PHOTOOG Photography writings by Olivier Giroux


Bad news for the G1/Leica-M combo

Recently Sean Reid (pay-for review site) tested the innovative and popular Panasonic G1 with some of his Leica lenses. While I’m not going to copy his protected images or repeat his lengthy and insightful discussion, I can tell you that it put a damper on my excitement for the G1 as an entry-level M camera. It might explain why we don’t have a Leica G1.

Sean’s most revealing test pitted the G1 against the M8 in a micro-contrast face-off, using the same lens on the same subject under controlled conditions. In theory the G1 should have an advantage here if the lens resolves finely enough for its pixel pitch, as does Sean’s 28mm Summicron ASPH. This is popular wisdom because the G1 doesn’t record pixels as far from the center as the M8 does (2.0x versus 1.3x crop), and hence stays in a comfort zone.

The outcome? It wasn’t close, the M8 humiliated the G1 in the corners.  I mean the Summicron looked like a bargain-bin lens on the G1.

I think we have a good explanation for why that is, and it goes back to the M8’s launch material. Look at the diagram for offset microlenses:

Image credit: Leica, via

 The G1 obviously doesn’t have these micro-lenses because it is designed for lenses that project rays that are more parallel - at least it's clear it's what it works well with.  The Leica telephotos are likely to work well and the wide-angles not so well.  This is a shame because the 2x crop factor invites the use of wide-angle lenses.

It's possible that when we see a Leica camera come out in the Micro4/3 format, it will have offset microlenses.

Comments (3) Trackbacks (1)
  1. Sean’s conclusion is based on the 28mm Summicron. He has said that the results may not be the same for other M mount lenses. I have tried various M lenses on the G1 and I agree that the longer focal lengths look better although my impression is that the 35 cron is fine.

  2. we are talking about sensors with different pixel densities, with (Panasonic) or without (Leica) antialiasing filter (loss in sharpness and microcontrast).

    And I’m not sure the resolving power of the Summicron is high enough for the small pixels and antialiasing filter of the G1 sensor.

    Leica lenses are known to tend to privilege microcontrast at the (slight) expense of absolute resolution.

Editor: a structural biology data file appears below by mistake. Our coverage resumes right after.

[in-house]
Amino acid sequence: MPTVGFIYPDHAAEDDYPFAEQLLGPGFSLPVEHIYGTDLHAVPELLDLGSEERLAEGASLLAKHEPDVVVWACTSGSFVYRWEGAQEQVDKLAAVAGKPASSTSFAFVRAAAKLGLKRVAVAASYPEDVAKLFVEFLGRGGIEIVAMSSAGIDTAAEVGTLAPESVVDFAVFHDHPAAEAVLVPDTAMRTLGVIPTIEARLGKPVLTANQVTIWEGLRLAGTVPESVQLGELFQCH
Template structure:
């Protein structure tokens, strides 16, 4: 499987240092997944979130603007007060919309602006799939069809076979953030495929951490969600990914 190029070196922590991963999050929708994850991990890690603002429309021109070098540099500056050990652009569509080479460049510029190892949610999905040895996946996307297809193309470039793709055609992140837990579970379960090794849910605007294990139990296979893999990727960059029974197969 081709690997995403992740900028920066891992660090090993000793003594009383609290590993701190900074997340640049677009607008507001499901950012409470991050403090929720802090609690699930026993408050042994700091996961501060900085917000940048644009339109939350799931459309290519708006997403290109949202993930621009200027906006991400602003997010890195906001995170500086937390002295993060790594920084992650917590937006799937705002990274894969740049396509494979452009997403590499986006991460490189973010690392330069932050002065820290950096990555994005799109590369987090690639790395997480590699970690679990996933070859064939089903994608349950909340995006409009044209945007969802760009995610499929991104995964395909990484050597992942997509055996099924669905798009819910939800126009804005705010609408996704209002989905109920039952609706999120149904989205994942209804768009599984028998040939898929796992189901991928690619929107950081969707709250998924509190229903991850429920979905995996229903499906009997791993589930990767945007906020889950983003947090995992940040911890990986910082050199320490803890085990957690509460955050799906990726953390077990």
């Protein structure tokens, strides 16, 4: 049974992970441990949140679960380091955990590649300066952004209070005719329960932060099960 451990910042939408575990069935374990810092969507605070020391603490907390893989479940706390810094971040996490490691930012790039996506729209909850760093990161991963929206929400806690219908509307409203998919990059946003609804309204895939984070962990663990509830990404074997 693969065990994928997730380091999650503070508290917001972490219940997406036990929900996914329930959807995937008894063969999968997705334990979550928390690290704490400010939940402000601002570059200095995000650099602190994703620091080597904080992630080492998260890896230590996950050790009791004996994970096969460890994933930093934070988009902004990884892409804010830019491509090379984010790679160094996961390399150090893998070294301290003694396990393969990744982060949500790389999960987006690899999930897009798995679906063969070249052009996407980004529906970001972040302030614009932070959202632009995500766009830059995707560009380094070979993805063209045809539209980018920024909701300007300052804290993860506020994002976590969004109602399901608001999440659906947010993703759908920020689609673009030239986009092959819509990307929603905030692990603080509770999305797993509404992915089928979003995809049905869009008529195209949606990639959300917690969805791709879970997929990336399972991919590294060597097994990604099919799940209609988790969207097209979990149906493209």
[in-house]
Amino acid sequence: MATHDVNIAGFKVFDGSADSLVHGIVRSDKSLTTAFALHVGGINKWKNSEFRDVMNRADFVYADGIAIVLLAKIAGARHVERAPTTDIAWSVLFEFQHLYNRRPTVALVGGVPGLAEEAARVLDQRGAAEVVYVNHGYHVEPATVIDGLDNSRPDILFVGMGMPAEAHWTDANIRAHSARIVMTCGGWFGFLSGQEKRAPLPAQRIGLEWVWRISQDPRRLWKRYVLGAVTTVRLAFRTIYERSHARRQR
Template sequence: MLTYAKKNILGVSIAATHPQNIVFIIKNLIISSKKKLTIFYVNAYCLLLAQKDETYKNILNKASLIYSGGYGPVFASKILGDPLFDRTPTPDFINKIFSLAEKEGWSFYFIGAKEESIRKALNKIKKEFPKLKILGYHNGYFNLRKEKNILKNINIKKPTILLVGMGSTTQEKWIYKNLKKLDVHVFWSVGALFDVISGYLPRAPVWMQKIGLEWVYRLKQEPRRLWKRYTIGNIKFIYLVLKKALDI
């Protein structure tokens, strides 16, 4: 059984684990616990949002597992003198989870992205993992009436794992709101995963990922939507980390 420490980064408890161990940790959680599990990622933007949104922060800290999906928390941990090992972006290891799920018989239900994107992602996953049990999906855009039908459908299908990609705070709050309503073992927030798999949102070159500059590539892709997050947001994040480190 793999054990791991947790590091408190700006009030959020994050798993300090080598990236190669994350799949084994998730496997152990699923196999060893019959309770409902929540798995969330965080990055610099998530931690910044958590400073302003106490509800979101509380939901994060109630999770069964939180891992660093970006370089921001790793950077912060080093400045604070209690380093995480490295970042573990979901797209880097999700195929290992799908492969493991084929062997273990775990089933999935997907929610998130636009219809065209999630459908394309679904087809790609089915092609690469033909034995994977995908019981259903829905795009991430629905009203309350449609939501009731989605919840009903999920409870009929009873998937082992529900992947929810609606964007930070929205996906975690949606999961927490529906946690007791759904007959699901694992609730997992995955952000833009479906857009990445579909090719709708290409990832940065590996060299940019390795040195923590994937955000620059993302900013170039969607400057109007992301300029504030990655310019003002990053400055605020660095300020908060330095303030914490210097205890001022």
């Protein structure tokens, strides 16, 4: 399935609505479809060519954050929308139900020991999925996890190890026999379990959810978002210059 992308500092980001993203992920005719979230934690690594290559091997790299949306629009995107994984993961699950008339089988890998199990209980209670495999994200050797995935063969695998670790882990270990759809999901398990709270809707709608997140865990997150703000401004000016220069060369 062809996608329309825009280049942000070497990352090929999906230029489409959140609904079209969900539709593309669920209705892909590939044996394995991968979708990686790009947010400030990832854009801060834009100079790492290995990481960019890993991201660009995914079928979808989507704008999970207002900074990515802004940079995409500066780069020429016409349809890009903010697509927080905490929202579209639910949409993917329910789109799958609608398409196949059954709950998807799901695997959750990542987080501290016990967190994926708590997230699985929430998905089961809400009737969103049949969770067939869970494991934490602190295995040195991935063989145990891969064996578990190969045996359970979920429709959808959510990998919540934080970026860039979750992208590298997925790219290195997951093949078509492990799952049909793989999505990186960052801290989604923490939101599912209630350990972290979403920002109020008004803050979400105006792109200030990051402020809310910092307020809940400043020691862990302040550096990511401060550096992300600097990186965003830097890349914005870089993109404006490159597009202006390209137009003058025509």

I beg your pardon, but this seems more like comparing apples to oranges.

  3. Hi Alfredo,

    There’s truth in that argument.

    A few thoughts come to my mind.

    In Sean Reid’s images the performance of the Summicron in the center of the Panasonic image is just fine, it’s quite sharp. The Summicron and the Panasonic sensor work very well together in the center. The problem is when you leave the center – then the M8’s image remains sharp all the way into the corners and the Panasonic turns to pudding.

    Note two VERY important things here:
    (a) The distance to the Panasonic’s image border is insignificant for a FF lens like the Summicron so we do no expect corner softening there (we expect a more even performance in fact).
    (b) The Summicron’s MTF charts at f/5.6 show almost no weakening until the borders of the FF image is reached, which are twice as far away as the m4/3 image border.

    So even if we ignore the ‘sweet spot’ effect, the expectation is that if the center on the small sensor looks good then so should the border. They should both be good or bad, not only good in the center. This is really the key to the argument that the Panasonic sensor is missing some ‘special sauce’ which the M8 apparently has.

    My parting note is on a different level. Irrespective of technical concerns about the validity of the comparison, my take-away from inspecting only the G1’s images is that the results were unacceptable considering the equipment involved. The pairing itself is technically wrong-headed.

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